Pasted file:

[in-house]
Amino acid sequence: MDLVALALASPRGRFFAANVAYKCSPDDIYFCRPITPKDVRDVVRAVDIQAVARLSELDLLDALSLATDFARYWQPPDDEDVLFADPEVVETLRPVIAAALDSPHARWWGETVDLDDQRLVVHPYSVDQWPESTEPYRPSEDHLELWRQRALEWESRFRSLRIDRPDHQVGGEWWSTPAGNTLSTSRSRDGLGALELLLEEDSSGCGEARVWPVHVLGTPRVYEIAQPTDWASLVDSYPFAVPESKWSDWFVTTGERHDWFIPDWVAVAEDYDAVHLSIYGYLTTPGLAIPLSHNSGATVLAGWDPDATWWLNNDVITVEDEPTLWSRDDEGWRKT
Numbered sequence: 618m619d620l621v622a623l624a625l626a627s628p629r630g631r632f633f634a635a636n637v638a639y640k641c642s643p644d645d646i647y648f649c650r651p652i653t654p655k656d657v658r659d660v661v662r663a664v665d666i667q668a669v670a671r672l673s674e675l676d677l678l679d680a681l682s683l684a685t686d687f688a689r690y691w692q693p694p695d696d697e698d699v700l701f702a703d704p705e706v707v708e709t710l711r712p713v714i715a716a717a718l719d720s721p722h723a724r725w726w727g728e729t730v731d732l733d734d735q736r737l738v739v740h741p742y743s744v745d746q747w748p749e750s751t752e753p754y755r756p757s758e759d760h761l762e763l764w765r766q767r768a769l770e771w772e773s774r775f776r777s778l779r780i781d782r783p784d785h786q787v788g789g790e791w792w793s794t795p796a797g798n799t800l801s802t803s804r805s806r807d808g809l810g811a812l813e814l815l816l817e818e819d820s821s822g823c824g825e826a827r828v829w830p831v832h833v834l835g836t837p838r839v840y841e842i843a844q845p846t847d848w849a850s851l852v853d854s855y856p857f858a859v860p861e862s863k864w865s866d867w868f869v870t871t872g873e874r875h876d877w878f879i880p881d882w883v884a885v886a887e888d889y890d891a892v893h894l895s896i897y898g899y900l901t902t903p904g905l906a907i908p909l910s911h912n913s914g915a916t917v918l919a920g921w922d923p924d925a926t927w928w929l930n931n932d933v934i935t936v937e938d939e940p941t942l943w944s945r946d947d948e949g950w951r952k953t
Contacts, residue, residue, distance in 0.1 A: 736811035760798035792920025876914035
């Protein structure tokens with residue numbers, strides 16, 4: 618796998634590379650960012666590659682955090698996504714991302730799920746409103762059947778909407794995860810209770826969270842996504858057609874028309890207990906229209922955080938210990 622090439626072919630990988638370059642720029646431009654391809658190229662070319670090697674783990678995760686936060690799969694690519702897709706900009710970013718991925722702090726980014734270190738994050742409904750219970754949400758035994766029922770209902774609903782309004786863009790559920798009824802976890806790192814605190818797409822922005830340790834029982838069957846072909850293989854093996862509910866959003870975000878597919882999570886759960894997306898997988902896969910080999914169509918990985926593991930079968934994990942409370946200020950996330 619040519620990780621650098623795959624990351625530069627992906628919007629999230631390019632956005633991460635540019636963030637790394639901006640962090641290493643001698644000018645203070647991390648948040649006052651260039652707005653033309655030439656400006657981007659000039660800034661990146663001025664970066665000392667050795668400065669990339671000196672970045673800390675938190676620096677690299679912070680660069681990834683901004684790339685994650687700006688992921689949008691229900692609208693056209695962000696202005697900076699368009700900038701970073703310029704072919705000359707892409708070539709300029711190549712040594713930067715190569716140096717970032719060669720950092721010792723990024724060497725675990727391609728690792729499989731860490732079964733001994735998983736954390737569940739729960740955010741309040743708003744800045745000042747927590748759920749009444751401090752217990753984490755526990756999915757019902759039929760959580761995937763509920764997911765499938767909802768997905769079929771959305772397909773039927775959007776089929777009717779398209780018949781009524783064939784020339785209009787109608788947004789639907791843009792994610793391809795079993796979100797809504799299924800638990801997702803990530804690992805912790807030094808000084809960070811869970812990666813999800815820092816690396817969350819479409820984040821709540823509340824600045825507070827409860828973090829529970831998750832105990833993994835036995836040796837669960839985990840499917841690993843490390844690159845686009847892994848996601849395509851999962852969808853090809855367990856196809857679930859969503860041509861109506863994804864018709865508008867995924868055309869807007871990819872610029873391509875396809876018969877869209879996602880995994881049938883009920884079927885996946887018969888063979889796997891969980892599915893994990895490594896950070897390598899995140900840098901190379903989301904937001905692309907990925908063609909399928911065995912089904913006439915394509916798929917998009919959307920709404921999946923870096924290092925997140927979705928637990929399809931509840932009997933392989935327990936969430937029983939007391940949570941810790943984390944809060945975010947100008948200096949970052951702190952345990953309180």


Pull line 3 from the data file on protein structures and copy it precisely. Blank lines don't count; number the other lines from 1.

Numbered sequence: 618m619d620l621v622a623l624a625l626a627s628p629r630g631r632f633f634a635a636n637v638a639y640k641c642s643p644d645d646i647y648f649c650r651p652i653t654p655k656d657v658r659d660v661v662r663a664v665d666i667q668a669v670a671r672l673s674e675l676d677l678l679d680a681l682s683l684a685t686d687f688a689r690y691w692q693p694p695d696d697e698d699v700l701f702a703d704p705e706v707v708e709t710l711r712p713v714i715a716a717a718l719d720s721p722h723a724r725w726w727g728e729t730v731d732l733d734d735q736r737l738v739v740h741p742y743s744v745d746q747w748p749e750s751t752e753p754y755r756p757s758e759d760h761l762e763l764w765r766q767r768a769l770e771w772e773s774r775f776r777s778l779r780i781d782r783p784d785h786q787v788g789g790e791w792w793s794t795p796a797g798n799t800l801s802t803s804r805s806r807d808g809l810g811a812l813e814l815l816l817e818e819d820s821s822g823c824g825e826a827r828v829w830p831v832h833v834l835g836t837p838r839v840y841e842i843a844q845p846t847d848w849a850s851l852v853d854s855y856p857f858a859v860p861e862s863k864w865s866d867w868f869v870t871t872g873e874r875h876d877w878f879i880p881d882w883v884a885v886a887e888d889y890d891a892v893h894l895s896i897y898g899y900l901t902t903p904g905l906a907i908p909l910s911h912n913s914g915a916t917v918l919a920g921w922d923p924d925a926t927w928w929l930n931n932d933v934i935t936v937e938d939e940p941t942l943w944s945r946d947d948e949g950w951r952k953t